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Many of our clients have recently been contacted by representatives from AFLAC, Allstate, Colonial, and other carriers regarding Voluntary Benefits (aka Worksite or Payroll Deduction Benefits).  Employees normally pay 100% of the cost for these plans, and following are some considerations involved.


Short Term Disability Insurance  -  Term Life Insurance  -

Long Term Disability Insurance  -   Cash Value Life Insurance  -  Cancer Insurance

Critical Illness Insurance  -  Dental Insurance  -  Dependent Term Life Insurance


Ø  Fill gaps in existing employer funded programs

Ø  Employee input / survey results

Ø  Payroll costs and number of feasible payroll deductions

Ø  Number of programs that can be properly administered and communicated


Ø  Effective enrollment meeting strategies

Ø  Competing needs for employee contributions to fund Medical Benefits and Retirement Savings Plans

Ø  Employee demographics and turnover

Ø  Portability considerations, especially at retirement

Ø  Selecting the right carriers

We have considerable experience in helping employers identify programs and carriers that are effective for their employees. 

Please contact us if you would like to learn more about Voluntary Benefits.

The Employee Retirement Income Security Act (ERISA) requires even small employers to have a Summary Plan Description (SPD) for their Medical Benefits Plans.  Medical insurance carriers do not normally prepare SPD’s. Typically, our clients use a legal firm, accounting firm, or third-party administration firm to prepare these SPD’s.

“Average” costs are approximately $800 for the initial SPD document.  There is also an approximate average annual cost of $200 to prepare any Summaries of Material Modifications (SMM) that may be required.  Legal, accounting, and administration firms you currently have relationships with may be the most cost effective providers for you.  We also have information on a few legal and administration firms other of our clients have used.


Ø     Current Statutory NYS DBL coverage provides a maximum weekly benefit of $170 per week. Our experience shows that $170 weekly for non-occupational disabilities does not provide enough protection for most employees.

Ø      Disability Insurance carriers also recognize this need, and many are offering new products that enhance the Statutory NYS DBL coverage.  Other carriers are improving rates for Group Short Term Disability Insurance which supplements the basic NYS DBL.  If you have the limited Statutory NYS DBL coverage now, we’d like to help you review Enhanced DBL and Group Short Term Disability options.  The quotation/proposal/implementation process for these options is not difficult.


Medicare Part B covers physician services and many other “outpatient” medical expenses.  Unlike Medicare Part A, Part B is not “automatic”.  The 2010 Part B monthly premium cost is $110.50 for most Medicare eligible individuals.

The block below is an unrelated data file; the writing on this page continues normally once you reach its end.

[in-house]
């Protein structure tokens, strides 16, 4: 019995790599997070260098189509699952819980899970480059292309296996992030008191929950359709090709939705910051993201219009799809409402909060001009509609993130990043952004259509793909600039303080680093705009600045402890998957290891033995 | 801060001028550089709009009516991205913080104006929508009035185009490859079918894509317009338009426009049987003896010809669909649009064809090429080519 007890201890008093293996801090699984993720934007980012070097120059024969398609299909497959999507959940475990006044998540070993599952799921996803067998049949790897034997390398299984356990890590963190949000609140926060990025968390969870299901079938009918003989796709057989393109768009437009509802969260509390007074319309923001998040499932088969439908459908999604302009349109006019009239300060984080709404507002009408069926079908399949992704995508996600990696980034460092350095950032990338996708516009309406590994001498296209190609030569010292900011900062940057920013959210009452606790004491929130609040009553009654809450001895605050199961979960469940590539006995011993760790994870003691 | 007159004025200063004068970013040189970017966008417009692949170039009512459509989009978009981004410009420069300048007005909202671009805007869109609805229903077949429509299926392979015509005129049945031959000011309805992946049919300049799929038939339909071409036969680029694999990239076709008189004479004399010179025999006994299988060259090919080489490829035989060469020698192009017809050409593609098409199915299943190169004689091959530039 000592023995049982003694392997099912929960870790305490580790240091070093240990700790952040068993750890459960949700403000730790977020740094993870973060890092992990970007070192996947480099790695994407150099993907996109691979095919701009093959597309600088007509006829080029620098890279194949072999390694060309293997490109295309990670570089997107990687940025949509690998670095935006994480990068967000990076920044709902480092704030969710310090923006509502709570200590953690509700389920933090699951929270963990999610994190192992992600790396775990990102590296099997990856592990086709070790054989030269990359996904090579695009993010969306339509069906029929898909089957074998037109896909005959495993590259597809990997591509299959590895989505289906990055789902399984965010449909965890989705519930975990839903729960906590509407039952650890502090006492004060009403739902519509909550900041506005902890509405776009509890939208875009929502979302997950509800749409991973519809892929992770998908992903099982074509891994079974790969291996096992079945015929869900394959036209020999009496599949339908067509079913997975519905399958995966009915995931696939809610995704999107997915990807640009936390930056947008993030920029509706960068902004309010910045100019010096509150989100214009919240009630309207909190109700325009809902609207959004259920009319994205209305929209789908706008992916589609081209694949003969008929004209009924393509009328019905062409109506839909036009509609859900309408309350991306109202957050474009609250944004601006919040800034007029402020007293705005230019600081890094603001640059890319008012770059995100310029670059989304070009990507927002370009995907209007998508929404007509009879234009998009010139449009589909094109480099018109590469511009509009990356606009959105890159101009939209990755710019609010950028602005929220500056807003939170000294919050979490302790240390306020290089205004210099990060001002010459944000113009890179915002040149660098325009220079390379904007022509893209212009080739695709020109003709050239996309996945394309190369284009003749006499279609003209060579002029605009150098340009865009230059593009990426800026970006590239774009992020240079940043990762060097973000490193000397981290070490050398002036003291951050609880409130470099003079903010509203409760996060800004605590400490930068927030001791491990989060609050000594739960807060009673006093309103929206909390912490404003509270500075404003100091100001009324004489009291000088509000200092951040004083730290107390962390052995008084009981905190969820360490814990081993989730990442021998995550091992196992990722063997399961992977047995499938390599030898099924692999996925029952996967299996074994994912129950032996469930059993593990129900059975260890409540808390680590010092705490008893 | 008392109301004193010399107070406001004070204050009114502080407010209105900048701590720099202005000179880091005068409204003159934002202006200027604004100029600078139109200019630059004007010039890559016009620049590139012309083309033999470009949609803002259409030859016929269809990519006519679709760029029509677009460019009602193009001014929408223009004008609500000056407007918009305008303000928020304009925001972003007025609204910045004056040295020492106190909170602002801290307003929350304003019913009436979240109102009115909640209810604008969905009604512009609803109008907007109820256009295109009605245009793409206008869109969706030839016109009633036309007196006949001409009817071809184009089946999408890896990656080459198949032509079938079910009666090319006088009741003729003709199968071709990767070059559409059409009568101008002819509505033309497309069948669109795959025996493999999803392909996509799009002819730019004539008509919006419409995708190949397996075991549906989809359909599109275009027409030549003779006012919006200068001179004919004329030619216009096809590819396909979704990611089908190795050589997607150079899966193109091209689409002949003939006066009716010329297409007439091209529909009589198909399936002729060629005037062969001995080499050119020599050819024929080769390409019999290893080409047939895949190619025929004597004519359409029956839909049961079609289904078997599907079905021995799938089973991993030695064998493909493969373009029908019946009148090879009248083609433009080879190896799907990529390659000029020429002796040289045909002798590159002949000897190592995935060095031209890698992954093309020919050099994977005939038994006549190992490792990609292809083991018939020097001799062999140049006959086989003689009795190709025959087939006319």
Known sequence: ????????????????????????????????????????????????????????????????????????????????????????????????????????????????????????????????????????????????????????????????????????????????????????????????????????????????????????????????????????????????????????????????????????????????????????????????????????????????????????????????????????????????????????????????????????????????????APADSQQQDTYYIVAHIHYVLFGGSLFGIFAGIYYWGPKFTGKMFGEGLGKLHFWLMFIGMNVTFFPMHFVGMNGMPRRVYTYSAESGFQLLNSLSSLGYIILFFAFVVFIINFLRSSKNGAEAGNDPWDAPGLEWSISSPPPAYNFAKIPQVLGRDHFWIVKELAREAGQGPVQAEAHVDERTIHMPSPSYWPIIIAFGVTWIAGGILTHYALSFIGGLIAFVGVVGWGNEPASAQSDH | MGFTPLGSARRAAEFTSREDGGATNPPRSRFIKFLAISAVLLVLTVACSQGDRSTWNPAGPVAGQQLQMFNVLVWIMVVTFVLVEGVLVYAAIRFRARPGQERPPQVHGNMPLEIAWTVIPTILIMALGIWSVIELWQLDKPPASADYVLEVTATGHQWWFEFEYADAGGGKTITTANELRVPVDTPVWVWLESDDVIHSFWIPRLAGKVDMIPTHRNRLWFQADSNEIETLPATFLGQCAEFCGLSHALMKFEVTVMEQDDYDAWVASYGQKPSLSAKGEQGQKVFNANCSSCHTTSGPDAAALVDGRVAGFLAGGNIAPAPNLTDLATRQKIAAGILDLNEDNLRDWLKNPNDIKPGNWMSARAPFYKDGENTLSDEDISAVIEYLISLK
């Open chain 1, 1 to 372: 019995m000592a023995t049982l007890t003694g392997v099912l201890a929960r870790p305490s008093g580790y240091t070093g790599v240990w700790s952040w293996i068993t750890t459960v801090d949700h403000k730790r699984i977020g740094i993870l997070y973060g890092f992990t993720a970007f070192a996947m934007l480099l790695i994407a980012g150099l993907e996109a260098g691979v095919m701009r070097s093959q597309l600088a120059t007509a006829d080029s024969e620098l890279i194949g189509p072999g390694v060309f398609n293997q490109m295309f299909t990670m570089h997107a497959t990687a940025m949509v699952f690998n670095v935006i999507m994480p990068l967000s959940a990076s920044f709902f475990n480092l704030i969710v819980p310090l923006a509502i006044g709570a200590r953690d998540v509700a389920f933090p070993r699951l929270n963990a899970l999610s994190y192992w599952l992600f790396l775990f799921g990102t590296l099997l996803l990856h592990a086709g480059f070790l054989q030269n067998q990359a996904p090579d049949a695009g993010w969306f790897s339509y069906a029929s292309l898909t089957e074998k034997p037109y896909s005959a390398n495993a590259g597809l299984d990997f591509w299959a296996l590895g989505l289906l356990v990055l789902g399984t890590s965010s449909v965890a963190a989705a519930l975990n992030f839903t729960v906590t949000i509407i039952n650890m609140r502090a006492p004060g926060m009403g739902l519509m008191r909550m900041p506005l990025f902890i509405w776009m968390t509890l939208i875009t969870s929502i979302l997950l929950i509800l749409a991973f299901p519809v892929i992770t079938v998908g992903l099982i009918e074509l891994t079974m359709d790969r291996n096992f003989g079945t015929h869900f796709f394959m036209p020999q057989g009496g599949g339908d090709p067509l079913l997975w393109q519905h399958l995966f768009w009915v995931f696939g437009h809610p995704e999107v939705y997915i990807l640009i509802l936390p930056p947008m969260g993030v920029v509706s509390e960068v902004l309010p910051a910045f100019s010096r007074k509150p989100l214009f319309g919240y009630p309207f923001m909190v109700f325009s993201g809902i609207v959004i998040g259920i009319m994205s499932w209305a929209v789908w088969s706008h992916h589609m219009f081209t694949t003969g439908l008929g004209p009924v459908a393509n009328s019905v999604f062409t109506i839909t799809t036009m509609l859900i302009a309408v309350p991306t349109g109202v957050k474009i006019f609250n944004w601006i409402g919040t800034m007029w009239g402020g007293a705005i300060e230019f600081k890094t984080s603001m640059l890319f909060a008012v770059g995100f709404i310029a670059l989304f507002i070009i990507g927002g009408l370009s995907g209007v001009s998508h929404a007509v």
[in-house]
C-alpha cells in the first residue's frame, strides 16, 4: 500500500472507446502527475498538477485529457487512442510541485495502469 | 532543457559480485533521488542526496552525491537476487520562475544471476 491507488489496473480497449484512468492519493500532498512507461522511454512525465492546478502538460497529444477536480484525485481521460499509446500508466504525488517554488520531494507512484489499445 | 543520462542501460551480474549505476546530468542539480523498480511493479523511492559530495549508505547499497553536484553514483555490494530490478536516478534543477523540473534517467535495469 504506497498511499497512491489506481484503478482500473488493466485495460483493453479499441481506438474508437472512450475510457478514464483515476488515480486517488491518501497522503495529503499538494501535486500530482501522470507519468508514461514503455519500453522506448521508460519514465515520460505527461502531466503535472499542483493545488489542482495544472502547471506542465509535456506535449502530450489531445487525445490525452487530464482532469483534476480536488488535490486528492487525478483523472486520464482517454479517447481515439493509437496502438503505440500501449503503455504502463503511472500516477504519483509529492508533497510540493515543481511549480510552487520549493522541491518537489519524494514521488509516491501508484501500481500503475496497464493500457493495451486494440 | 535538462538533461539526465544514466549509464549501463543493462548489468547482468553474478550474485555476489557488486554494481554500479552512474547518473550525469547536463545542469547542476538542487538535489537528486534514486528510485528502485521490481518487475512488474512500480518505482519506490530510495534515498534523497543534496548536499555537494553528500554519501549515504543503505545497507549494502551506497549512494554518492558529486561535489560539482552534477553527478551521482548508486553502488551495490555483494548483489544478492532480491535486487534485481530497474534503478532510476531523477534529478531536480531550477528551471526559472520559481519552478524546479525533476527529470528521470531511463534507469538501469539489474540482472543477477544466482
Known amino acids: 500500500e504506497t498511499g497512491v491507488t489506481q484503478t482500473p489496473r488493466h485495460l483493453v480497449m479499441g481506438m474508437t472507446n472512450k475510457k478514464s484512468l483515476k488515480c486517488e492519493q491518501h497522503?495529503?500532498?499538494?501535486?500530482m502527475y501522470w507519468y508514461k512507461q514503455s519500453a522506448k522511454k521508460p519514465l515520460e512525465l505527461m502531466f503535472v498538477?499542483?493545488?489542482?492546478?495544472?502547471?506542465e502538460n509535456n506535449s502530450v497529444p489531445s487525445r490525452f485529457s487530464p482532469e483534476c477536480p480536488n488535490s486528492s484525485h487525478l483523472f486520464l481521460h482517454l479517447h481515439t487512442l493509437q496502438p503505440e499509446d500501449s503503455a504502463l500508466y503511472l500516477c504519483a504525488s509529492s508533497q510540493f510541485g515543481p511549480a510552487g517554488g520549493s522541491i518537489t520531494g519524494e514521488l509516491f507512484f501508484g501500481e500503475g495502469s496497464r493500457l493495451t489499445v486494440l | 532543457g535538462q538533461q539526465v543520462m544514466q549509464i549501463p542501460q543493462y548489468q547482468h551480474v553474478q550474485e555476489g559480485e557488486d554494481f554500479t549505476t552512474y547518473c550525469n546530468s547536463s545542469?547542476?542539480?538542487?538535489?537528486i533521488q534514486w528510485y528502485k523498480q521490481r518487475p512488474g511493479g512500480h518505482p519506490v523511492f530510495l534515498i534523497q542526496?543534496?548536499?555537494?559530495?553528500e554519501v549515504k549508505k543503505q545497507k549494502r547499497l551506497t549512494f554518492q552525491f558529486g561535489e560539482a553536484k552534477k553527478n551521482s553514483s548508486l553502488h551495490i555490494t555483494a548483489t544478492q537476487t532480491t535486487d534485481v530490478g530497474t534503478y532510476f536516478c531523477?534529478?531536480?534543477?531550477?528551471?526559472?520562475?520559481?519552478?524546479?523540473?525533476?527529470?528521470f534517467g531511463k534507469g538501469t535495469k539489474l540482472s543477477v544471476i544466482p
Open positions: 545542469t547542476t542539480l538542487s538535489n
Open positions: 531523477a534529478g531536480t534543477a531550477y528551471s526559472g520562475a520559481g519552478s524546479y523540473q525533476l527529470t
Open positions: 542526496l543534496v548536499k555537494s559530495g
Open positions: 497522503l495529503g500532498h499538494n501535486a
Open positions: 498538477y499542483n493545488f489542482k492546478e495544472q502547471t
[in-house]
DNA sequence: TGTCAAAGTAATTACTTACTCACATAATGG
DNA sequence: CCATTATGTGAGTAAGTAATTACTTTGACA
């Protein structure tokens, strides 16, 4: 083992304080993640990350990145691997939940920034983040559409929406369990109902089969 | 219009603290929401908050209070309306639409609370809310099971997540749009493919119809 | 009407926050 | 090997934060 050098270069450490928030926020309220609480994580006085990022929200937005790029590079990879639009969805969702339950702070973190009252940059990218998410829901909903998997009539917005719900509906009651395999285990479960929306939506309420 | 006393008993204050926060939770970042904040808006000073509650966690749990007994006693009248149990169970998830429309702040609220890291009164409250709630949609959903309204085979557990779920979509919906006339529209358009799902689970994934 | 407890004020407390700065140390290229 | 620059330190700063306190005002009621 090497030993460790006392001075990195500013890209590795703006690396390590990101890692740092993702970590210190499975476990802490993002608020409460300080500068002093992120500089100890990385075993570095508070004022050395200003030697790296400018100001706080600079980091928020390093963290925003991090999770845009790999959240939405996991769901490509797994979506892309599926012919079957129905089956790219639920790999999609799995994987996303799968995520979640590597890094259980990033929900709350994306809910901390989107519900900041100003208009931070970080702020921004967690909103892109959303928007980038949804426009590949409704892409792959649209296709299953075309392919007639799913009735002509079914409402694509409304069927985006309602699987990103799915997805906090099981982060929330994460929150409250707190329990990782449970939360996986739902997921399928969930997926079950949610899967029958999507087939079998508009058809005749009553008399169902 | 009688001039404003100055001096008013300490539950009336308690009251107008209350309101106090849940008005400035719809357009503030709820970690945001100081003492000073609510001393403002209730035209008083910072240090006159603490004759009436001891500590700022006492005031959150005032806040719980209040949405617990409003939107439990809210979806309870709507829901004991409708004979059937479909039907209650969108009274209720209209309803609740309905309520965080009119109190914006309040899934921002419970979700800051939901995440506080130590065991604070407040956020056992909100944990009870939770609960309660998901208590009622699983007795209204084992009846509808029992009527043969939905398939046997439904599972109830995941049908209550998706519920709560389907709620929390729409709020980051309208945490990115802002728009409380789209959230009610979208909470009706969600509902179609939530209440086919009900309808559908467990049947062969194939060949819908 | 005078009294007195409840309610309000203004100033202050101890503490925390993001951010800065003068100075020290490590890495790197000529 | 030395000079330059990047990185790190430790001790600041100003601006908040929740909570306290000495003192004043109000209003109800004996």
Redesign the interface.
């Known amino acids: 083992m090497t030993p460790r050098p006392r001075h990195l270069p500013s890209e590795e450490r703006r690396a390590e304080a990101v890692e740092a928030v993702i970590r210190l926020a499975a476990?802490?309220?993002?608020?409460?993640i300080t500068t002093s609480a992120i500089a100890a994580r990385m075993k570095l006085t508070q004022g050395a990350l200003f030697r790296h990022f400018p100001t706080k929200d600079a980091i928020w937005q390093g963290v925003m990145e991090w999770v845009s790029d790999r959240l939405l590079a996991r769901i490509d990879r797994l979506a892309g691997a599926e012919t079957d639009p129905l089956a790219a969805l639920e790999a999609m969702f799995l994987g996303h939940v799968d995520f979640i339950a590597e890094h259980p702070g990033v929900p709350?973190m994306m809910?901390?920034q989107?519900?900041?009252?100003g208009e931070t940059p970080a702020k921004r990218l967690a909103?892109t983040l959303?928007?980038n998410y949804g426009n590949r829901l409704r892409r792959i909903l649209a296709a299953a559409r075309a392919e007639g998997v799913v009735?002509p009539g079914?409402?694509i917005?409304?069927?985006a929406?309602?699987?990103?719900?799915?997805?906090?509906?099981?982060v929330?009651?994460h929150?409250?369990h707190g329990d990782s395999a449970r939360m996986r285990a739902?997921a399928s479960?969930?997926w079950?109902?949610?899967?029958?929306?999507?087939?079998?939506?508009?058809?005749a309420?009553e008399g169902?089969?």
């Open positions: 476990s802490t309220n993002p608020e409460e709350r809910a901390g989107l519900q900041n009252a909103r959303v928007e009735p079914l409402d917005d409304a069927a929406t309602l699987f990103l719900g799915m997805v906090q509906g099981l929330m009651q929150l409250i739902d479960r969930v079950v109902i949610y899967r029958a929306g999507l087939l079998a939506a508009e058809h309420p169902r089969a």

Our clients are reporting an increasing number of problems regarding the coordination of Part B benefits with employer-sponsored Group Medical Plans.  Medicare eligible individuals are receiving claim denials from the employer’s group insurance carrier and Medicare.  Individuals are also being charged significant “late entry” premium penalties for Part B.

While most employers should not try to provide Medicare advice, the following general points of information need to be consistently communicated to all individuals who are eligible for Medicare benefits due to age or disability.

Ø      Whether working or retired, individuals (and their spouses) may need to enroll in Part B, even if they are covered by an employer-sponsored Group Medical Plan.

Ø      Individuals need to contact both Medicare and the group insurance carrier prior to becoming eligible for Medicare to determine if they should enroll in Part B.

Ø      If enrollment in Part B is delayed or ignored; individuals can incur significant unreimbursed medical expenses and significantly increased premiums for Part B coverage.

We would be happy to discuss general Medicare Part B guidelines with you.


Many local employers offer various Health Promotion activities and resources for their employees.  The time, effort, and dollars devoted to Health Promotion have a positive impact on medical insurance costs, paid time off costs, and workplace productivity.  In addition to positive financial outcomes, there are positive “attitude” outcomes for employees who appreciate these employer initiatives.  While the positive outcomes take time to develop, the long term advantages can be significant.

Some popular Health Promotion activities and resources are:

Ø      Worksite programs (sometimes with participation incentives) that emphasize healthy diet, healthy body 
 weight, physical activity, heart health, stress management, and smoking cessation

Ø      Quarterly newsletters that provide Health Promotion education in an attractive, easy to read format

Ø      Health risk assessment tools (electronic or paper) that help employees identify their unique “lifestyle based”
 health risks

Ø      Worksite screening of blood pressure, cholesterol, and glucose to identify health issues that employees may not
 be aware of.

Medical insurance carriers can provide some activities and resources at minimal or no cost.  There are also local Health Promotion management firms that provide customized programs.

Employers normally survey employees to help identify the activities and resources that employees feel would be helpful.  We would be happy to provide a brief, sample employee survey form on request.